TOKYO — For all of Suzuki’s tough talk about its “bush-busting" Samurai off-roader, the Japanese automaker never made it big in the U.S. Its cars were too small, its safety record iffy and its branding a bit too comical (Suzuki Sidekick, anyone?).
So it came as little surprise to most analysts when Suzuki announced late Monday that it would stop selling automobiles in the U.S. and put its American unit into Chapter 11 bankruptcy.
Suzuki’s decision to pull out of the U.S., whose market is dominated by larger models, is a sensible step to focus on its strengths, said Koji Endo, an auto industry analyst and managing director at Advanced Research, an equity research firm in Tokyo. The strong yen also made it difficult to make a profit by manufacturing cars in Japan and shipping them to the U.S., he said.
Still, despite Suzuki’s retreat in North America, the company has made spectacular inroads into emerging markets over the last decade. The low-cost, compact cars sold by Suzuki’s India unit has the top market share in that fast-growing market, and the automaker also has a growing presence in Southeast Asia.
The American Suzuki Motor Corp., the sole distributor of Suzuki vehicles in the U.S., filed for Chapter 11 bankruptcy on Monday with $346 million in debt, the company said.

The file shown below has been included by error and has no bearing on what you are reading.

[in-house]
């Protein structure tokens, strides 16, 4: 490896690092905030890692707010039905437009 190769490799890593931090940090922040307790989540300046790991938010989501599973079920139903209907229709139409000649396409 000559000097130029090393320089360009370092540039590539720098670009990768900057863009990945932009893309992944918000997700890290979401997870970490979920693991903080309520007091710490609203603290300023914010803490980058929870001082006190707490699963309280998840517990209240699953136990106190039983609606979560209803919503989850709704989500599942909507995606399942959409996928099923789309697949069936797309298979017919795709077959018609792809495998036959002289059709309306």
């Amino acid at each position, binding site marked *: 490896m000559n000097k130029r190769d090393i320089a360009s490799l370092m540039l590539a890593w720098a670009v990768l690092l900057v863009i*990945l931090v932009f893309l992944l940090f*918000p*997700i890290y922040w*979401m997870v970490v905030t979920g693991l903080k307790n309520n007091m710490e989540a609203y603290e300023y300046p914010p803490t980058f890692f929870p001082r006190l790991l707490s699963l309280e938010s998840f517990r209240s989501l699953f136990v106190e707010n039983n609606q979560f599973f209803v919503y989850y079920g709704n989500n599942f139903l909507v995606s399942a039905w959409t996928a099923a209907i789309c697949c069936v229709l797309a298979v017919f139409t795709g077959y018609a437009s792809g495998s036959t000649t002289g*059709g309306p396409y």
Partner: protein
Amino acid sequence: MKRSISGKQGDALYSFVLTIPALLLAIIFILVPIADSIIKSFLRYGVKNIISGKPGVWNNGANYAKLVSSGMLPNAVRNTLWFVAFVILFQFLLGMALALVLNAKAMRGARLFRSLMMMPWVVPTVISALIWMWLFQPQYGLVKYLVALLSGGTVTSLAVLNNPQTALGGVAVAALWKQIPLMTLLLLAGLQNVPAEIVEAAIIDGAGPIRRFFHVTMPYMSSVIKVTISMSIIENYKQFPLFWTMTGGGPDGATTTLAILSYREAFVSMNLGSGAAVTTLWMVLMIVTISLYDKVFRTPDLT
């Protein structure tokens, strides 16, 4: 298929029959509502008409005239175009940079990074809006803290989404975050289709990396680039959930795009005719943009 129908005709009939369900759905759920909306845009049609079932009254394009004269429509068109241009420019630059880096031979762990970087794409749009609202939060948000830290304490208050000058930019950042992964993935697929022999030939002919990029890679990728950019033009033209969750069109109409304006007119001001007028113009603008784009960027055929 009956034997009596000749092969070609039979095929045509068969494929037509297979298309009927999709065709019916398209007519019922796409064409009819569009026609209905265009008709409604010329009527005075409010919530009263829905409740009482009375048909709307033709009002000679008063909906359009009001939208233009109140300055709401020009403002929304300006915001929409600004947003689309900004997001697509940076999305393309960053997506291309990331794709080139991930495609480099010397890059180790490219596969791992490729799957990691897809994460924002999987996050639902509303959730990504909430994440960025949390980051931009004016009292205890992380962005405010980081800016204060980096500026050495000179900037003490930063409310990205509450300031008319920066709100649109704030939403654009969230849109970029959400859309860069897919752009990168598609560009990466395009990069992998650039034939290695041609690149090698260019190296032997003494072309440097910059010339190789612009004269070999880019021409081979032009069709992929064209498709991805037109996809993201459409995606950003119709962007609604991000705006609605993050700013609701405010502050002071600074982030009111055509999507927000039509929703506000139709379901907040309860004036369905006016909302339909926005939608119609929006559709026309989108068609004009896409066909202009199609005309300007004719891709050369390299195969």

In a statement, Suzuki said that various challenges led to its withdrawal from the U.S. market, including low sales volumes, the limited number of models in its lineup and unfavorable foreign exchange rates.
Suzuki also blamed “the high costs associated with growing and maintaining an automotive distribution system in the continental United States," as well as “the disproportionately high" costs associated with meeting increasingly stringent state and federal regulatory requirements.
The company said it would sell its remaining inventory through its dealer network, honor existing warranties and continue to supply replacement parts for its vehicles. The company also intends to continue selling motorcycles, all-terrain vehicles and marine products in the U.S.